Lesley Laird has called on the Civil Aviation Authority to answer directly to Fife communities – before a controversial consultation ends on Thursday.
The MP for Kirkcaldy and Cowdenbeath wrote to the CAA’s chief executive, Richard Moriarty, asking him intervene to “return some credibility” to Edinburgh Airport’s E7a flight path proposal “as a matter of urgency”.
The move comes after airport bosses refused Lesley Laird’s call for a further consultation extension to allow residents in Aberdour, Dalgety Bay, Inverkeithing and North Queensferry to fully raise concerns and seek answers.
She said: “If the public are to have any confidence in the word ‘consultation’ then that must start from the basis that Edinburgh Airport is genuinely being open and engaging with communities that will be impacted by changes they propose to make.
“Sadly, their approach to consultation would lead many residents to conclude one of two things: that a) they are incompetent or b) they are wilfully being misleading.”
The MP received a “significant number” of emails, letters and calls from residents saying the consultation material was unclear, and feedback from residents in impacted communities – especially Aberdour and Hillend – that they had not received notification or material from Edinburgh Airport.
Lesley said: “Edinburgh Airport have not inspired confidence or trust in the process: several areas have not received notification of the consultation; commitments from the airport to ensure documentation would be put into libraries have been patchy; and their website continued to show the consultation closing on June 21 rather than the June 28 – the date we successfully lobbied for – up until last Thursday and after repeated calls from my office to update this.”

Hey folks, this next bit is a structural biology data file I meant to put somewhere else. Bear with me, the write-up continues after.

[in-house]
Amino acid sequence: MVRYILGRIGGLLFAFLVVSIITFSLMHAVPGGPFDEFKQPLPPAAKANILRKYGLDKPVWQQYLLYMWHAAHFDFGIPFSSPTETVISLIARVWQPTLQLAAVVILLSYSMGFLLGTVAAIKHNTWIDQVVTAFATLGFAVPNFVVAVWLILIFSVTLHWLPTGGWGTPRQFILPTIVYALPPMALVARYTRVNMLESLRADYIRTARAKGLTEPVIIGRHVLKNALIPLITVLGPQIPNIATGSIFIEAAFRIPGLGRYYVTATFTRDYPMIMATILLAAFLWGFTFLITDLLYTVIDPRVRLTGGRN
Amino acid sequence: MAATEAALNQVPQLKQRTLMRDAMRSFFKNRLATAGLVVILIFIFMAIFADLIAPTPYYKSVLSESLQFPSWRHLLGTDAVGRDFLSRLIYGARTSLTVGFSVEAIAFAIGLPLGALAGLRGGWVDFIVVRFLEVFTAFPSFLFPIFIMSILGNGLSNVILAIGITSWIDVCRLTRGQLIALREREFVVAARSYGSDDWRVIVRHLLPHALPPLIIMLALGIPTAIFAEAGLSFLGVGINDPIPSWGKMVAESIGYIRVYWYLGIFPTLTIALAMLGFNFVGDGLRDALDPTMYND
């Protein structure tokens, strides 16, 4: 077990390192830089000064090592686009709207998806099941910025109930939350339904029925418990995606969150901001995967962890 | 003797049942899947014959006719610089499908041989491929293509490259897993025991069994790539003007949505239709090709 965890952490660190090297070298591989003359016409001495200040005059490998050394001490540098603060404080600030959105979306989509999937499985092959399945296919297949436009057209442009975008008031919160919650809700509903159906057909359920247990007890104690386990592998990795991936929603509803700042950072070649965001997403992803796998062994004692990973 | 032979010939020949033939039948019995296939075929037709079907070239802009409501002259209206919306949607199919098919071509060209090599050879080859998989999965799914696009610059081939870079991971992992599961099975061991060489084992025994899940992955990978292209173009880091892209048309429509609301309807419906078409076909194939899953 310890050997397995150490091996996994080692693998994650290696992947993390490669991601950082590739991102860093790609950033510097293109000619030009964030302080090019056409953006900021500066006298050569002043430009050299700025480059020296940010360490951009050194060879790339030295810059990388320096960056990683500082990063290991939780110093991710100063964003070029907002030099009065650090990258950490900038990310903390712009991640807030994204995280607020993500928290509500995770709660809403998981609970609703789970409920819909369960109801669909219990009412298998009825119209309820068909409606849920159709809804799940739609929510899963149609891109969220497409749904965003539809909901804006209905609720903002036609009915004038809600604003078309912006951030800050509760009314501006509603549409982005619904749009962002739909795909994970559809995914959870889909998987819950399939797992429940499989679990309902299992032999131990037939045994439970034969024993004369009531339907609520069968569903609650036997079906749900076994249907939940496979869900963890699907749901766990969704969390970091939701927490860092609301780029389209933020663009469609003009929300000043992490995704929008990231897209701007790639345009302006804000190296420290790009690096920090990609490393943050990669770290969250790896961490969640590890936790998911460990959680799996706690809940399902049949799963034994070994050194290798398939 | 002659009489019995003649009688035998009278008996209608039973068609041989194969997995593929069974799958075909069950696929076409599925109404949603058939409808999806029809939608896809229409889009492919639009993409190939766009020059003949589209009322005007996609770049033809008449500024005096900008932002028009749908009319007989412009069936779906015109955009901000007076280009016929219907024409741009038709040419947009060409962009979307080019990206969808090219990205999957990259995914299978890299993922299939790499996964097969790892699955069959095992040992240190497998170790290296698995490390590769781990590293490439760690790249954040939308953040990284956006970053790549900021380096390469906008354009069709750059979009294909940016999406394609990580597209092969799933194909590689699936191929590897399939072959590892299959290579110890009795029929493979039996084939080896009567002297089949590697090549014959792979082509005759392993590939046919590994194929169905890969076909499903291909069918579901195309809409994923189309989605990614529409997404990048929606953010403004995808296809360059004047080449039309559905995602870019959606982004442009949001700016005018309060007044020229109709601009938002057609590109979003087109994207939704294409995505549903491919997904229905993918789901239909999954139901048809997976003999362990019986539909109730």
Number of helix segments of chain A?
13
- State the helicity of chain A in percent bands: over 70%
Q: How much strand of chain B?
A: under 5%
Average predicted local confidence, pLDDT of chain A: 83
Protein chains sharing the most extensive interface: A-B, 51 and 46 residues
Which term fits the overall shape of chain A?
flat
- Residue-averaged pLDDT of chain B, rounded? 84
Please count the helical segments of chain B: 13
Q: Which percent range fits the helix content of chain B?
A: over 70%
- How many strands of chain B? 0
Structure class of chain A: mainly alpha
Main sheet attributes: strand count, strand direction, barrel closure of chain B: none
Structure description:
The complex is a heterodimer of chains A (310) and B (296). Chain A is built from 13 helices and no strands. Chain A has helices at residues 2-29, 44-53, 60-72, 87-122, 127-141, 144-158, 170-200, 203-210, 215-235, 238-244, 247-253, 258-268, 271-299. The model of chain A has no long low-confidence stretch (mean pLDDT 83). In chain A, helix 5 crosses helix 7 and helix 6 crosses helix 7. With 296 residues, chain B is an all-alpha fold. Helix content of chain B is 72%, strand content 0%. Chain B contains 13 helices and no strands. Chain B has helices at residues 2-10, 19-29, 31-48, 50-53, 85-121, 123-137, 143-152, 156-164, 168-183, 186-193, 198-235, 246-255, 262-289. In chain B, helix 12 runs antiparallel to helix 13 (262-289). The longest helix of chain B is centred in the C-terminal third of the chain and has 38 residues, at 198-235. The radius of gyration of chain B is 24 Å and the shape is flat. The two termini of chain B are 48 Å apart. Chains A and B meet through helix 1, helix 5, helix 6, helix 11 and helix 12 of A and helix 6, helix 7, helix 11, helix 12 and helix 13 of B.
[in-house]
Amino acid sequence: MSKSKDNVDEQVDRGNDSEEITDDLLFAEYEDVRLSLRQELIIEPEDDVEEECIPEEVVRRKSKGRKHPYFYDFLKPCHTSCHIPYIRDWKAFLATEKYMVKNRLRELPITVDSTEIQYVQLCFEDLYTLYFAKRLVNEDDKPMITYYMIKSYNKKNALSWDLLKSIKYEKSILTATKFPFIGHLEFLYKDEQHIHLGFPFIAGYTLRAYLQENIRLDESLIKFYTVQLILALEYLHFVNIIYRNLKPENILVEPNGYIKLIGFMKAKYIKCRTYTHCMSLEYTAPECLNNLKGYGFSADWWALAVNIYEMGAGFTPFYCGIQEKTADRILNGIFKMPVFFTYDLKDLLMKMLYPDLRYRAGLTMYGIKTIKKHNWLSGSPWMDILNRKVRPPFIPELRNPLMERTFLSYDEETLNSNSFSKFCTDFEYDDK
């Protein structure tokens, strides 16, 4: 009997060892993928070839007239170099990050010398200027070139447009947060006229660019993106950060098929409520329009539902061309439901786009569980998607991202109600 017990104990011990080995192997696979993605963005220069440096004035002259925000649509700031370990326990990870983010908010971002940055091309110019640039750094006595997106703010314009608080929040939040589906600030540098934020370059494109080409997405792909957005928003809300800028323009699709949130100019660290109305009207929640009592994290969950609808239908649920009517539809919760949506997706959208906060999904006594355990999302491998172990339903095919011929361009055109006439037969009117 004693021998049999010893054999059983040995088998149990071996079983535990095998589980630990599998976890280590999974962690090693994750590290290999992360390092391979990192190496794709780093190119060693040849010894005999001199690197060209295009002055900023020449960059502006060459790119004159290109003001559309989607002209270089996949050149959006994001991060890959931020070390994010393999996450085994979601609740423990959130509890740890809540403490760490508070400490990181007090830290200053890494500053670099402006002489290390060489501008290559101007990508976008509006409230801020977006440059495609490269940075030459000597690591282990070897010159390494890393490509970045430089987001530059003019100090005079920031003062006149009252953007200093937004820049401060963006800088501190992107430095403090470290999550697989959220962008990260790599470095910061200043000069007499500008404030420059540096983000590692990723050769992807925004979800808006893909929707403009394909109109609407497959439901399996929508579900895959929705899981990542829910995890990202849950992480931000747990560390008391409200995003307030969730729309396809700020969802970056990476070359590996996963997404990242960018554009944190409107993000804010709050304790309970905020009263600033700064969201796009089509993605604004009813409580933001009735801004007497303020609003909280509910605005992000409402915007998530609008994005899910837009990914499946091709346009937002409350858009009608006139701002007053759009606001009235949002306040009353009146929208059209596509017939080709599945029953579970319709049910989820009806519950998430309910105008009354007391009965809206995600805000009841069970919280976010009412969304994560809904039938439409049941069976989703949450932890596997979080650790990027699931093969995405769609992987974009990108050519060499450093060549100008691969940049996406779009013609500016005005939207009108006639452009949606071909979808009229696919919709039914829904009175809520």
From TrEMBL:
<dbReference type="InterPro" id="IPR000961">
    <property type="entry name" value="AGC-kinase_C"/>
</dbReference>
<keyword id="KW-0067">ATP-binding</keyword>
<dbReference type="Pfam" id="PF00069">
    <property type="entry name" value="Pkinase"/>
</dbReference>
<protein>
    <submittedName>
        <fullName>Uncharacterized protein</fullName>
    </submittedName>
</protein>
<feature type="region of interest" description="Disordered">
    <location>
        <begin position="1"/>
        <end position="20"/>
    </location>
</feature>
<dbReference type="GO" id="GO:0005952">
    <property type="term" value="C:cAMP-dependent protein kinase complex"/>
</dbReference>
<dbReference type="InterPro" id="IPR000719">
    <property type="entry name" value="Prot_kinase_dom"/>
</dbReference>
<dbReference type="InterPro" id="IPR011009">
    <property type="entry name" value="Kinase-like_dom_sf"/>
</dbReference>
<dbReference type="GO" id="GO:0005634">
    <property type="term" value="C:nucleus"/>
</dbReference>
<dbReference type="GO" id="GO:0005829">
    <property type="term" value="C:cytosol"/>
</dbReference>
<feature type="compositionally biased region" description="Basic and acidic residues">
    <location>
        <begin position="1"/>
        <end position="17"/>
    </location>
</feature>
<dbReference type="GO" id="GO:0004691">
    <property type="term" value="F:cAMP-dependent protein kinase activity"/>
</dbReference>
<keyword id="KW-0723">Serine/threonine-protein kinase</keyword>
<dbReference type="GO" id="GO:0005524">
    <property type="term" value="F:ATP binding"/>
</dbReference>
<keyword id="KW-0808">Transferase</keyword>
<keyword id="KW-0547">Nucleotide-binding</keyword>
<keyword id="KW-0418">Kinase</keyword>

At a recent public meeting, angry residents urged Edinburgh Airport representatives to consider an alternative flight plan which would see flights track an ascent east over the Forth to gain height before making a u-turn over Fife.
The Airport claimed the CAA would not look favourably on any proposal which results in increased mileage, fuel burn and fuel consumption.
When later pressed by Lesley, airport bosses said they would only consider looking at any alternative flight paths after the E7a consultation had ended. Which is why it is crucial that residents call for this in their consultation responses.
For all these reasons Lesley said she was “fundamentally concerned that the airport was not listening to communities”.
She asked the CAA to intervene to extend the consultation and come to Fife to answer questions on the processes and requirements of the authority when they consider applications.
Lesley added: “While they may assure you [CAA] that they have ticked the box on consultation, they have most definitely not embraced the spirit of consultation on proposals that will significantly impact communities in Fife and I would urge you to intervene and return some credibility to this flawed process.”